It’s already 2022 and we think it’ll take a while for us to let that sink in. As soon as a new year arrives, people tend to make several resolutions and set goals to achieve in the near future. This acts as a motivating factor for them as they believe in the concept of ‘New Year, New Me’. While in some cases, it is great to bring about a change for the betterment of oneself and one’s life, there are certain old habits that die hard. And as long as they aren’t harmful, why change them? We guess that’s what was on the mind of the chief economist of International Monetary Fund (IMF) when she took to Twitter to wish everyone a Happy New Year. 

Gita Gopinath, with her exceptional academic as well as intellectual abilities, has managed to become the first female chief economist, due to be raised to the position of Deputy Managing Director of IMF in December last year. Although she has always been known and talked about for her leadership qualities and immense contribution in the organization, it is her tweet that is creating a buzz this time. She recently took to her Twitter account to share a picture of herself with pani puri aka golgappa in one hand at an eatery. Here take a look. 

                Source: Gita Gopinath/Twitter

She captioned the picture saying, “Happy 2022! Gol Guppa aka Pani Puri to kick off the new year!” which created a rage among the netizens. A host of them filled the comments sections with their diverse views on the same. While some like @SanjayM73565536 remarked that since Gopinath lived in Kolkata in her early years of life, she could have called it puchka (the Bengali name for golgappa) instead of panipuri or golgappa. There were others who wrote a detailed comment explaining the inflation rates and estimating the cost of golgappas in the next 20 years. 

In the past few days, the tweet has garnered over 1k retweets and some 37k likes. Now that there has been so much talk about street food and even an NRI like Gopinath could not resist indulging in her desi cravings in the new year, why should we? 

Here are some delicious chaat recipes that you can devour at home. 

1.  Chana Chaat 

This super easy and quick chaat recipe can be prepared without much hassle. It not only works as a great party appetizer but also serves as a delicious evening snack. Boil the chickpeas, toss them in oil with some chopped onions, tomatoes, bellpeppers, cucumbers, green chilies and coriander leaves. Sprinkle salt and red chilli powder to taste and squeeze in some lime juice. Your wholesome chaat is ready.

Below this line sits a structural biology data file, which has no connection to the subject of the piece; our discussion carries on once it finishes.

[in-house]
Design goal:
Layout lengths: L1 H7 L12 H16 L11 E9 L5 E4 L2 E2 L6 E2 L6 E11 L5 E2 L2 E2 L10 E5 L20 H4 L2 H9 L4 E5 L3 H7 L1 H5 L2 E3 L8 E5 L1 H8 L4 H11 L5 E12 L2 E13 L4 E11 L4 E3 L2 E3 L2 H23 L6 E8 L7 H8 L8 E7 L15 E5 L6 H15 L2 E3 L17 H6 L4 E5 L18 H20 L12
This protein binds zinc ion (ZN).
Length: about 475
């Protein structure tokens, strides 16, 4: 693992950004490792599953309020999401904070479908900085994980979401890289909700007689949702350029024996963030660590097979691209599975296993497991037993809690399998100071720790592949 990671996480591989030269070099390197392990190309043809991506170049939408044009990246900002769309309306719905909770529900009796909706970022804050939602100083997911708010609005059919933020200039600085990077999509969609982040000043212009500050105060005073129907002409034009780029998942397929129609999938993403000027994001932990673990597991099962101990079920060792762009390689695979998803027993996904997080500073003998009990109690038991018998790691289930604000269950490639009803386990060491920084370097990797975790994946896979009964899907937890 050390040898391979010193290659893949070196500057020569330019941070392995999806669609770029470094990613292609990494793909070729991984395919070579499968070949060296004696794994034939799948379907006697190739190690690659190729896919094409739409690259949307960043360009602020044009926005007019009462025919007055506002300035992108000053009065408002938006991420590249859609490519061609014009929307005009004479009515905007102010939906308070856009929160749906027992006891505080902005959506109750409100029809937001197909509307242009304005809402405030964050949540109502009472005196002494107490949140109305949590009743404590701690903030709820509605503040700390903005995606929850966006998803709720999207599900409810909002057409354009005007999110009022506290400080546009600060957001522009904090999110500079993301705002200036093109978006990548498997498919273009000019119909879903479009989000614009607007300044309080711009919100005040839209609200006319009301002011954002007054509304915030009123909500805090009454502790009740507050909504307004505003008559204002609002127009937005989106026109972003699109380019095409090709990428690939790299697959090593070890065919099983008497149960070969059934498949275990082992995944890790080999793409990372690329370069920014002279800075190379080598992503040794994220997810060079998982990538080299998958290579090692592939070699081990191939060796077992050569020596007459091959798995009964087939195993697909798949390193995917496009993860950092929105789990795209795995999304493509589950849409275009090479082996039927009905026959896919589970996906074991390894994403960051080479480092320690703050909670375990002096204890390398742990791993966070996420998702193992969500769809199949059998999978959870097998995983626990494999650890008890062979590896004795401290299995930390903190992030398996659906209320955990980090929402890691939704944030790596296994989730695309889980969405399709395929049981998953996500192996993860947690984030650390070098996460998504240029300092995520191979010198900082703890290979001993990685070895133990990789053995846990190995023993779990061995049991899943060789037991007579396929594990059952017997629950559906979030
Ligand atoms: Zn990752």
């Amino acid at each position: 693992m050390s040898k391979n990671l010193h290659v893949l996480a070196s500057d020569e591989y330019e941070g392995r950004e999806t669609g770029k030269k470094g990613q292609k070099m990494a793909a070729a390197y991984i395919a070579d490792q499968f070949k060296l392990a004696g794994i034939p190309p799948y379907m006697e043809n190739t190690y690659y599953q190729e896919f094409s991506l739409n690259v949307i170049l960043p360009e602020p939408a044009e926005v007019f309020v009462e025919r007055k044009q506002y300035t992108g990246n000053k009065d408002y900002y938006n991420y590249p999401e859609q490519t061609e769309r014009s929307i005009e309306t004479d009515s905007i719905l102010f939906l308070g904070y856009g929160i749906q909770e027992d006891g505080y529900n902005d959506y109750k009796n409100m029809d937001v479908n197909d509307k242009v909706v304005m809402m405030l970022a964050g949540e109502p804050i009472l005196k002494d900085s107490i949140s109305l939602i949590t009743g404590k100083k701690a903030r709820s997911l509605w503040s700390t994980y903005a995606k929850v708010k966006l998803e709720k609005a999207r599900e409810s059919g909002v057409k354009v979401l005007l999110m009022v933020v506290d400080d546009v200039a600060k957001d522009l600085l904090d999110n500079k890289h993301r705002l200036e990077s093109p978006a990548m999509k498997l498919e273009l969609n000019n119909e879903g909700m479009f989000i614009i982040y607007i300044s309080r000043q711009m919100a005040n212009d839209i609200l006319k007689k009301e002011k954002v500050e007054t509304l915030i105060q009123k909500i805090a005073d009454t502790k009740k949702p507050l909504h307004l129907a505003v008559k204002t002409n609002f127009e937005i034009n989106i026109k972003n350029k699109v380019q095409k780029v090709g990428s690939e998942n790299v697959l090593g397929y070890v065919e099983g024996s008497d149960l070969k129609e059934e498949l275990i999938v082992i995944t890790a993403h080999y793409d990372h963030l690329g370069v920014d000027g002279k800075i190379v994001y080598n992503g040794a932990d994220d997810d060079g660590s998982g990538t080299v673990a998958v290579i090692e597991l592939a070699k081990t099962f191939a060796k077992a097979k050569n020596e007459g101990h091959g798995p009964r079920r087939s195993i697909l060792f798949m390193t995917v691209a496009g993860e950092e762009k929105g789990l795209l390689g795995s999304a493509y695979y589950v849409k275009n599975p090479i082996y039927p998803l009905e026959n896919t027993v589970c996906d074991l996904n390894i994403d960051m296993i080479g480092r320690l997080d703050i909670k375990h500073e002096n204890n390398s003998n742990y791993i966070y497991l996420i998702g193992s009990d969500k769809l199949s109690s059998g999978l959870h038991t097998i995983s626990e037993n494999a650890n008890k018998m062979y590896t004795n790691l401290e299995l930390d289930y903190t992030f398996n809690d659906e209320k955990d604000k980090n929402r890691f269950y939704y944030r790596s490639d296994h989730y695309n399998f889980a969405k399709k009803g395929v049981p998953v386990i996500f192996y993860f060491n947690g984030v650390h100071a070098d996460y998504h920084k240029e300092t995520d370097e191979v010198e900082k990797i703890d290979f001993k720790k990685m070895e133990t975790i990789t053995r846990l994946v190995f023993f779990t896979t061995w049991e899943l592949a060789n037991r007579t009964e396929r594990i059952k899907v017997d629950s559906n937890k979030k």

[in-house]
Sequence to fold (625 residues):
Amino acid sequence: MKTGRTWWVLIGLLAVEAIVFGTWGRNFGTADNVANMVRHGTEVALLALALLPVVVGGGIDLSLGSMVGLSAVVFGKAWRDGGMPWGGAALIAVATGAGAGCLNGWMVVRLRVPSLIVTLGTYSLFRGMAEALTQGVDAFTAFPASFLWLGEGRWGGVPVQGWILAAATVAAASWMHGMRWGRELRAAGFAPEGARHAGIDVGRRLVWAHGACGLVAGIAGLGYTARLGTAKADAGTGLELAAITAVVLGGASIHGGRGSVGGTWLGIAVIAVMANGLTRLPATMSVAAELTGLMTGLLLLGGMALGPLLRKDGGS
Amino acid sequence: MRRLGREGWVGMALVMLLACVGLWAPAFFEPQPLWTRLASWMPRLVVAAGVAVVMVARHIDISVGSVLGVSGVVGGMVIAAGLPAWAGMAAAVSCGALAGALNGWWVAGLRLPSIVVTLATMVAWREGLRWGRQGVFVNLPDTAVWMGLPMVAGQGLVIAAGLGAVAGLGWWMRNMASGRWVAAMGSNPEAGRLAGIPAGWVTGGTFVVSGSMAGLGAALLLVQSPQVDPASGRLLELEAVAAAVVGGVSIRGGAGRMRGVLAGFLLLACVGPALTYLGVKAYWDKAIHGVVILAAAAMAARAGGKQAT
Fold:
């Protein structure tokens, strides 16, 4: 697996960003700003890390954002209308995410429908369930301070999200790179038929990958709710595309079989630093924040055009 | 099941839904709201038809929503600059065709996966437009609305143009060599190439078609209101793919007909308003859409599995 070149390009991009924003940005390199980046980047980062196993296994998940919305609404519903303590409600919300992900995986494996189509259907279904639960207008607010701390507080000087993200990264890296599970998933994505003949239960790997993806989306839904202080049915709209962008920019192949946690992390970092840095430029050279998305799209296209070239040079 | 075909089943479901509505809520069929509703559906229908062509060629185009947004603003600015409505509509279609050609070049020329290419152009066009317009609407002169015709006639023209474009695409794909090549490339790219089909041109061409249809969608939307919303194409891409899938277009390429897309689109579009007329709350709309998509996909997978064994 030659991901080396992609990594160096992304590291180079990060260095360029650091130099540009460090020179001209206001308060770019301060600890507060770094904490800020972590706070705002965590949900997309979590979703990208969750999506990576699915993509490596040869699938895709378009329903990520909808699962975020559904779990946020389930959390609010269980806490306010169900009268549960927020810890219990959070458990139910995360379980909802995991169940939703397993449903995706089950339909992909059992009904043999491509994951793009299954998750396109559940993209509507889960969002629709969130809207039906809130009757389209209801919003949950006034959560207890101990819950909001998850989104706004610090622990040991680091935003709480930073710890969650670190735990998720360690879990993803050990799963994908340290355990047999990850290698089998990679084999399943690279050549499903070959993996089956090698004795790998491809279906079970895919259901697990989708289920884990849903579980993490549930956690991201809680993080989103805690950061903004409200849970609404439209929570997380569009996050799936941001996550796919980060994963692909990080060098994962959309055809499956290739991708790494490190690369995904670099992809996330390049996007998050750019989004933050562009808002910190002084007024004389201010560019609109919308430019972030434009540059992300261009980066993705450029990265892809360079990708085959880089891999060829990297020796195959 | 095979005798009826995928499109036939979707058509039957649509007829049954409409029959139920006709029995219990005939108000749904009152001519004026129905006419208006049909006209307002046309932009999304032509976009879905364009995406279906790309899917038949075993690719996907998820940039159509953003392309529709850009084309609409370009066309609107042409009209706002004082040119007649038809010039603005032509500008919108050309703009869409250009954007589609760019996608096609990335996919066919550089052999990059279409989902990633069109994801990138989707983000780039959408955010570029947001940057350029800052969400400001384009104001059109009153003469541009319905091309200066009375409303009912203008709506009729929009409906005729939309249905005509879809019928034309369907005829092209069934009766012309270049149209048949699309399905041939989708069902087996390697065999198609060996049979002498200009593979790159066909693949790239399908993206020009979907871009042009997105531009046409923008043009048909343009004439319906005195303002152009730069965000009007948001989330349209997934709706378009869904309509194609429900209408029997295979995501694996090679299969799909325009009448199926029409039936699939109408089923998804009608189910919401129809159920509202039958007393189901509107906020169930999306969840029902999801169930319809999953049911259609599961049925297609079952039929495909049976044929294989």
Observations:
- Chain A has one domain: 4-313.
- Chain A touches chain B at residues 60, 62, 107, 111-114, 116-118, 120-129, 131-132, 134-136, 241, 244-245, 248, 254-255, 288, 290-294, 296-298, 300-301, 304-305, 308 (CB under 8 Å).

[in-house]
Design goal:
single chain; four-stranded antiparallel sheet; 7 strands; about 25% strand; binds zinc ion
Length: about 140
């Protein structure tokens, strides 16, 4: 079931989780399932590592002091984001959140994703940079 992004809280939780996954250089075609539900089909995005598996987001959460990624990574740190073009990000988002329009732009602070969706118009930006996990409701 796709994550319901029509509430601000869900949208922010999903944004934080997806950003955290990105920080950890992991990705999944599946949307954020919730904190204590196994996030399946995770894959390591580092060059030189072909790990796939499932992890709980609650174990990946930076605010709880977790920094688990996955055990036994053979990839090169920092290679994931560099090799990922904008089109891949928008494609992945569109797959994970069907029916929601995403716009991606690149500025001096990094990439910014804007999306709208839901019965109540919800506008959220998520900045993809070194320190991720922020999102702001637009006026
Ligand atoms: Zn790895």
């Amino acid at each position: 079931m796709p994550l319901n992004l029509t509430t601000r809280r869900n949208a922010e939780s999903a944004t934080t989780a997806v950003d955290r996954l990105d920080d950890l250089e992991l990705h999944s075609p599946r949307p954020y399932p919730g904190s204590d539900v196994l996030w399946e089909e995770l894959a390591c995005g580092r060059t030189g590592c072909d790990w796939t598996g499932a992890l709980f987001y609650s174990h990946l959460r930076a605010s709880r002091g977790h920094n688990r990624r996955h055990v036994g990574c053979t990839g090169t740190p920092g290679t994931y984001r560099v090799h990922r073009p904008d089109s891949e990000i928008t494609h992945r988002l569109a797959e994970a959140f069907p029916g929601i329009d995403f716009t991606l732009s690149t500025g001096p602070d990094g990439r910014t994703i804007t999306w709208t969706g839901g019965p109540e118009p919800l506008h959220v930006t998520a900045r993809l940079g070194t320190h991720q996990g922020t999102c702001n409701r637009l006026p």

2.  Daulat Ki Chaat 

This is a slightly different kind of chaat. While our usual expectation from chaat is that it would be tangy and chatpati, this one is sweet and creamy. Popular across Uttar Pradesh where it is known as Makhan malai, this daulat ki chaat is a winter favourite in Delhi too. The best version of this milky and creamy delight can be found on the streets of Old Delhi. 

3.  Corn Chaat 

Bhutta aka corn is quite popular during the monsoon and winter months in India. Instead of biting into the corn, trying taking the kernels and sprucing them up into a chaat. Chaat masala, some red chilli powder, lime juice, chopped veggies of your choice and lime juice for the zest. Shake it all up and you can eat it right away. 

4.  Papdi Chaat 

This is the most traditional and classic chaat recipe that can be found in every nook and corner of North India. The papdi is placed on a plate and bathed in oodles of freshly whisked curd. This is topped with boiled potatoes, boiled chickpeas and pomegranate seeds. Sprinkle imly chutney, black pepper powder, salt and red chilli powder. Your refreshing chaat is ready. 

5.  Pasta Chaat 

Giving this Italian dish a desi makeover with all kinds of Indian spices added to the chaat. The boiled pasta is mixed with chilli powder, salt and chopped veggies like onions, tomatoes and coriander. Drizzle some oil so that they don’t stick and enjoy.